“We’re very performance targeted here, so we have service levels that we’ve committed to the public and that we’ve committed to the City to do,” explains Evans.
The Metro Council chambers have a high, domed ceiling, buttressed with metal supports. Long windows along the sides of the room admit natural light.
As a leftover from the pre-amalgamation GTA’s Metro government, the chambers had been underutilized before 311 took them over, though not totally abandoned. “There was actually an X-Men movie scene shot in here,” says Evans. Which is true.
There are business reasons for having a call centre in such spacious surroundings.
“We did that for two reasons,” says Evans. “One, it’s a good thing to do. But secondly, call centres are known for their churn rate. In fact the industry standard for call centres is about 80 per cent. So in one year, about 80 per cent of your staff will turn over, or 80 per cent of your positions will turn over.” The nicer the workplace, the less the employee turnover—or so the theory goes. This is important, because training new call-centre employees is expensive.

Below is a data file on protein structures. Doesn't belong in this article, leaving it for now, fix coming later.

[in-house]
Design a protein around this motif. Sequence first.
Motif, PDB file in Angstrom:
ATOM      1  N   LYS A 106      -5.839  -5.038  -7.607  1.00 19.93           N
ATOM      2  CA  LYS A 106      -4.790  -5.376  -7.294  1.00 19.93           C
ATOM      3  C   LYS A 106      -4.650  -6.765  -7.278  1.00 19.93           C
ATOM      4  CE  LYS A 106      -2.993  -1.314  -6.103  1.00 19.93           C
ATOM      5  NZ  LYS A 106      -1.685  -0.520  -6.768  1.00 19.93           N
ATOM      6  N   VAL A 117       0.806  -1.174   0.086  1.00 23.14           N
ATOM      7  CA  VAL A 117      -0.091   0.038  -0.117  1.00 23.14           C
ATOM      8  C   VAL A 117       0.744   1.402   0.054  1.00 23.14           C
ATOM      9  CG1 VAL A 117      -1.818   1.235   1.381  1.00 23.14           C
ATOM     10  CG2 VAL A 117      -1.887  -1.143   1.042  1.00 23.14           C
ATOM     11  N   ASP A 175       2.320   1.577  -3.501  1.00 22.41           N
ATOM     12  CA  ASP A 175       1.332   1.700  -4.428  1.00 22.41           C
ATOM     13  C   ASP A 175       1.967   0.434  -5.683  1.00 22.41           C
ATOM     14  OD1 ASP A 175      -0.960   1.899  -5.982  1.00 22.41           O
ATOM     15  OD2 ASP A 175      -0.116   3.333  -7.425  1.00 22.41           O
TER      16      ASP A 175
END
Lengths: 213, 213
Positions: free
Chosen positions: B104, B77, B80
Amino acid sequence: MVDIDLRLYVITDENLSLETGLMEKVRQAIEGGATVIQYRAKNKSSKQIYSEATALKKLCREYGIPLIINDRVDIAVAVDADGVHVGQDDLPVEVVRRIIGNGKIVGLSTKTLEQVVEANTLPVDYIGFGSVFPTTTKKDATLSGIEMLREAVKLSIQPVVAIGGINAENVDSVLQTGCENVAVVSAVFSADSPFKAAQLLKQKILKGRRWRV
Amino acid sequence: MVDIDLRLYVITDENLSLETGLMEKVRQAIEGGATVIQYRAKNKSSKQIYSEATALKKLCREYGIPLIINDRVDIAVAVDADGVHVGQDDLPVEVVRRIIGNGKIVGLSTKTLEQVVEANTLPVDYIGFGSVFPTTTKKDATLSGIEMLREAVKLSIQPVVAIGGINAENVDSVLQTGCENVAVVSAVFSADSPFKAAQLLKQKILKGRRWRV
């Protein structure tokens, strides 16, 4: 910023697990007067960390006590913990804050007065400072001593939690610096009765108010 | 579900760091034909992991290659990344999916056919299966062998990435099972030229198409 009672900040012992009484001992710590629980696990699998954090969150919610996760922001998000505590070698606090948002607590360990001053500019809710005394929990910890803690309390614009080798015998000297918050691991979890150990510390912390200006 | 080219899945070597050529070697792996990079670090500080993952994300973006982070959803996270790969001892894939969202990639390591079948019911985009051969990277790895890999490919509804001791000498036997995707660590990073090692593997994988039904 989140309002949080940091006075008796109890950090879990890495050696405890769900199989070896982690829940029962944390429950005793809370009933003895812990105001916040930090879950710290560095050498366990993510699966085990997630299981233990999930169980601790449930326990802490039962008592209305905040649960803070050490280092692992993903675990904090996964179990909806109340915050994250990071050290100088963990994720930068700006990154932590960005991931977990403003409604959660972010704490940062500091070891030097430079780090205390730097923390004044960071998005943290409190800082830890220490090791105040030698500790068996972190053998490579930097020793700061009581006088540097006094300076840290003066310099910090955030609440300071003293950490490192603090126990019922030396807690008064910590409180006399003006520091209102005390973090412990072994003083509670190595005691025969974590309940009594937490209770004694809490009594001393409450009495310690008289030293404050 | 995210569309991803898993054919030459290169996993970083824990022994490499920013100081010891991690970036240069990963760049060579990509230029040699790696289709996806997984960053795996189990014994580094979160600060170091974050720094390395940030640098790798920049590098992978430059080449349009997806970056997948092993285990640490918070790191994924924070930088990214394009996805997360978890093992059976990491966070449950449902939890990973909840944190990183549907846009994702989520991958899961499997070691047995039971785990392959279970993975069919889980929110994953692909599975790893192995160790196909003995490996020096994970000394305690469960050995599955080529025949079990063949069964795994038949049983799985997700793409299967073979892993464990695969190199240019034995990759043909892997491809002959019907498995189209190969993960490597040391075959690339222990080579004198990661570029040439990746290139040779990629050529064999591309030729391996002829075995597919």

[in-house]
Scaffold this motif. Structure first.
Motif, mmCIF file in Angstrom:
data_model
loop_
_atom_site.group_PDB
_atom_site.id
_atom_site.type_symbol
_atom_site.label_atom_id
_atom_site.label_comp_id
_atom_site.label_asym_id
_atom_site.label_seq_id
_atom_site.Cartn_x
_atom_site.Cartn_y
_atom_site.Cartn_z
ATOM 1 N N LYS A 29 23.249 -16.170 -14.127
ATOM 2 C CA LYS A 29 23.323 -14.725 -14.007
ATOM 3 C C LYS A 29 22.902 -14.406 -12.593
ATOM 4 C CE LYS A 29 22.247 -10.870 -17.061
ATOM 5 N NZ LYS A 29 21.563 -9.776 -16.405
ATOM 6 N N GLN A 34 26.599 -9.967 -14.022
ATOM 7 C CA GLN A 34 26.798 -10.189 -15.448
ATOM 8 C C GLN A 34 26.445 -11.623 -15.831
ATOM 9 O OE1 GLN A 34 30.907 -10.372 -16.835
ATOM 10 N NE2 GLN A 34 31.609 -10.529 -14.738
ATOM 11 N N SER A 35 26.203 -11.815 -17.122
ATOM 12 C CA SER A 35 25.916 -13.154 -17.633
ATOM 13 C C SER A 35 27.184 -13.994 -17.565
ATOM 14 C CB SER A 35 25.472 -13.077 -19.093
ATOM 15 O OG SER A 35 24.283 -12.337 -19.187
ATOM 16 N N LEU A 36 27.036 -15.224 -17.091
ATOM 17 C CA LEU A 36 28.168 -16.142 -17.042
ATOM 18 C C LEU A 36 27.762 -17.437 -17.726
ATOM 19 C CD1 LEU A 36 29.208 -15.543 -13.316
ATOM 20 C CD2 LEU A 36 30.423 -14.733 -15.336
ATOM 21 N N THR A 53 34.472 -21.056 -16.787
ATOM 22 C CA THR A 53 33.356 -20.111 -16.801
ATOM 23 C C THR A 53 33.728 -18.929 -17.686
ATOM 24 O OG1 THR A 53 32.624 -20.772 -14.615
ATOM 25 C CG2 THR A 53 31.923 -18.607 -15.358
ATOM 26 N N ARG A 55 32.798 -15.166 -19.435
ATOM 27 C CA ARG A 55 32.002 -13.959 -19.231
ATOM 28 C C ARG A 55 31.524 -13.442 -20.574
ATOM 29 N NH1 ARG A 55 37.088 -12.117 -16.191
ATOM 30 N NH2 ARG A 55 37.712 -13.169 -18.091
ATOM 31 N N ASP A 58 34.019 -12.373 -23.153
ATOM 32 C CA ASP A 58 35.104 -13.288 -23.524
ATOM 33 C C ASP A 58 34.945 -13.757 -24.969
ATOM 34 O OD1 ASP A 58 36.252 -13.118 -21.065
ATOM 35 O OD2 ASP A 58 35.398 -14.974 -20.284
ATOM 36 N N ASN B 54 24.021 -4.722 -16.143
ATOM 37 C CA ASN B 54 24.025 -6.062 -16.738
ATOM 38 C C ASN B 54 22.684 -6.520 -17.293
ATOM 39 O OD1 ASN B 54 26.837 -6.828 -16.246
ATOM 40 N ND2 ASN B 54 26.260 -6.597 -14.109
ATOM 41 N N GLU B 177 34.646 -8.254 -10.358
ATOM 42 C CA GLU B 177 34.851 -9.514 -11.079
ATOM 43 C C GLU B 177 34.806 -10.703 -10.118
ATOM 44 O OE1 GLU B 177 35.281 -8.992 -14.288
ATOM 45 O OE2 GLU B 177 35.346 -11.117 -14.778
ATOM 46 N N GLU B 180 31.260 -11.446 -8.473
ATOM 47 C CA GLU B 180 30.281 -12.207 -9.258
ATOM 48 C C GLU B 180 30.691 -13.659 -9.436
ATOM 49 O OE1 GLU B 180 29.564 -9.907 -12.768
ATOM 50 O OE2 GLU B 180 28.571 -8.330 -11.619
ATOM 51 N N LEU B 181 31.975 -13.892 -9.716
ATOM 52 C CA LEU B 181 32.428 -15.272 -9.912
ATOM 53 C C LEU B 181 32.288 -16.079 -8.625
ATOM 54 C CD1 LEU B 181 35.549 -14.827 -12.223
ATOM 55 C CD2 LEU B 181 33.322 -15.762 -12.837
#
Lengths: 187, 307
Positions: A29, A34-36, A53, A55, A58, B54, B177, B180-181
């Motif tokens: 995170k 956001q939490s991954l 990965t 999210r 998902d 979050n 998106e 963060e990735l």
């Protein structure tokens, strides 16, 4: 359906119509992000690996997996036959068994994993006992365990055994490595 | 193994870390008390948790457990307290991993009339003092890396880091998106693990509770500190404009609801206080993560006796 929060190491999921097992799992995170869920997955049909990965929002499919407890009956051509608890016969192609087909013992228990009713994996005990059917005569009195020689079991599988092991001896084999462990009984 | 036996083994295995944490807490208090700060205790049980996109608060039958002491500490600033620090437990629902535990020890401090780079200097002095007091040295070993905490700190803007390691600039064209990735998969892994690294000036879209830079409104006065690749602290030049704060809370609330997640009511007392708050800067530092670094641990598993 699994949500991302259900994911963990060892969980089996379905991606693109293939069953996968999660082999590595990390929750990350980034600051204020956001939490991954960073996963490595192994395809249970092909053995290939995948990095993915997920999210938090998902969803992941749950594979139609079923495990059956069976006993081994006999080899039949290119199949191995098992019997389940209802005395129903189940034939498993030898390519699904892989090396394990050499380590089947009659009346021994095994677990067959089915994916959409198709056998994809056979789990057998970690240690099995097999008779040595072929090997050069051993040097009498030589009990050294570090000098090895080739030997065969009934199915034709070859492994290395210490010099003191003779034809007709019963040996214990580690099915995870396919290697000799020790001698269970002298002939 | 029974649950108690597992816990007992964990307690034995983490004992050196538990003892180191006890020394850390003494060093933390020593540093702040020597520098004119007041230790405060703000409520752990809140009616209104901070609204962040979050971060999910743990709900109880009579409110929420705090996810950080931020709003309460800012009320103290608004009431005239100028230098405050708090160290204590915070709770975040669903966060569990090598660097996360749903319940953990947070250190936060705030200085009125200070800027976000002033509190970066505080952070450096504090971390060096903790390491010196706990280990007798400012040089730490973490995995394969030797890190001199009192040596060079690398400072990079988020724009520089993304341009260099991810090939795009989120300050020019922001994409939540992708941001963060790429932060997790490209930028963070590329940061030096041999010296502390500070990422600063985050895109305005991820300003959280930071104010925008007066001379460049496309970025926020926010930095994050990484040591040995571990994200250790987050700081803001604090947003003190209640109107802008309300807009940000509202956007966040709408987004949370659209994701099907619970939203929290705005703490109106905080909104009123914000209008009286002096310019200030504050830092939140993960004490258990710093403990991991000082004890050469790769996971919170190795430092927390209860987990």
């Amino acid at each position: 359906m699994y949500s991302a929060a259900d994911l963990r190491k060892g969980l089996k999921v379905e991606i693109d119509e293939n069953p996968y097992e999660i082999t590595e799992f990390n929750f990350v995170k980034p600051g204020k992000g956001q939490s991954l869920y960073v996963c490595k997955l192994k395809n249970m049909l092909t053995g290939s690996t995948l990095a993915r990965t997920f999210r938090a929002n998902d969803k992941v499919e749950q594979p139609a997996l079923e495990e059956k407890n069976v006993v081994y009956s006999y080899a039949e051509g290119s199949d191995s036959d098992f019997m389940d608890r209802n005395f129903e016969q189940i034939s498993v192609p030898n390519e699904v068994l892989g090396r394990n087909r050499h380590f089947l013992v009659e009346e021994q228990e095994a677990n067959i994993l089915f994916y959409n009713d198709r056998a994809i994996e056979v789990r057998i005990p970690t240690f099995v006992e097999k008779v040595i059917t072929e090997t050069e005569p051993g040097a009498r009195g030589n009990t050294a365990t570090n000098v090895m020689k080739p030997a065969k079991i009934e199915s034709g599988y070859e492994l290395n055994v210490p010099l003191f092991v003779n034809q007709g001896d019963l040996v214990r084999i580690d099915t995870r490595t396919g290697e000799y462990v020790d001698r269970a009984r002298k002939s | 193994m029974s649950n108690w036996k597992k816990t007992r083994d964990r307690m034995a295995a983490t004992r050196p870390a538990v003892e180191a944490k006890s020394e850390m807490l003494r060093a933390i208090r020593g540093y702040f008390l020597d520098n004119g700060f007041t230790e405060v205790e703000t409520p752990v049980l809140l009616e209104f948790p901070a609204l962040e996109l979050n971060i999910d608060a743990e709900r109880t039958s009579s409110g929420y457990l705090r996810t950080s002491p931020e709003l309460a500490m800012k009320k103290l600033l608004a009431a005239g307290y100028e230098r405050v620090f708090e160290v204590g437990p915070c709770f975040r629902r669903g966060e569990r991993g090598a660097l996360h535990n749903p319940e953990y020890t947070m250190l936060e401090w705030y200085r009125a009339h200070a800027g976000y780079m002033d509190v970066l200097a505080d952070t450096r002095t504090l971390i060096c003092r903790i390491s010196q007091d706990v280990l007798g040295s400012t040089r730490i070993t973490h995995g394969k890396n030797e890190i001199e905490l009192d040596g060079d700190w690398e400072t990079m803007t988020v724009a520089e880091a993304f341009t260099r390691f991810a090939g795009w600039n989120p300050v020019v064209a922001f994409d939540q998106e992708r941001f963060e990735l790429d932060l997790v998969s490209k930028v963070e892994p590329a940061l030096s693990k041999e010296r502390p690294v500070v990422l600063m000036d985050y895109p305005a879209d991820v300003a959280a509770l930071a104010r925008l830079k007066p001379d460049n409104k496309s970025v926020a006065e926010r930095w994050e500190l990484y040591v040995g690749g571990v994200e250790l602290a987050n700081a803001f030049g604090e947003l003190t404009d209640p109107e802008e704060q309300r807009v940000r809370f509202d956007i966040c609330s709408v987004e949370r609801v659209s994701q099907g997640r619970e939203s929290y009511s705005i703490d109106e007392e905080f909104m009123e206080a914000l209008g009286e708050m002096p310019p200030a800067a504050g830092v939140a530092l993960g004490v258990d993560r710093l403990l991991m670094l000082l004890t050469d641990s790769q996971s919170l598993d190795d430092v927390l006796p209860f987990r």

“It’s about $10,000, industry standards say, taking someone from the day they leave, until the day someone’s back in their seat with the same expertise,” Evans tells us.
Even the cubes have amenities. Since 311 operators work in eight-hour shifts, each desk can be shared by as many as three people. Because of this, each workstation is equipped with a stack of three drawers, with locks on them, one for the personal effects of each CSR.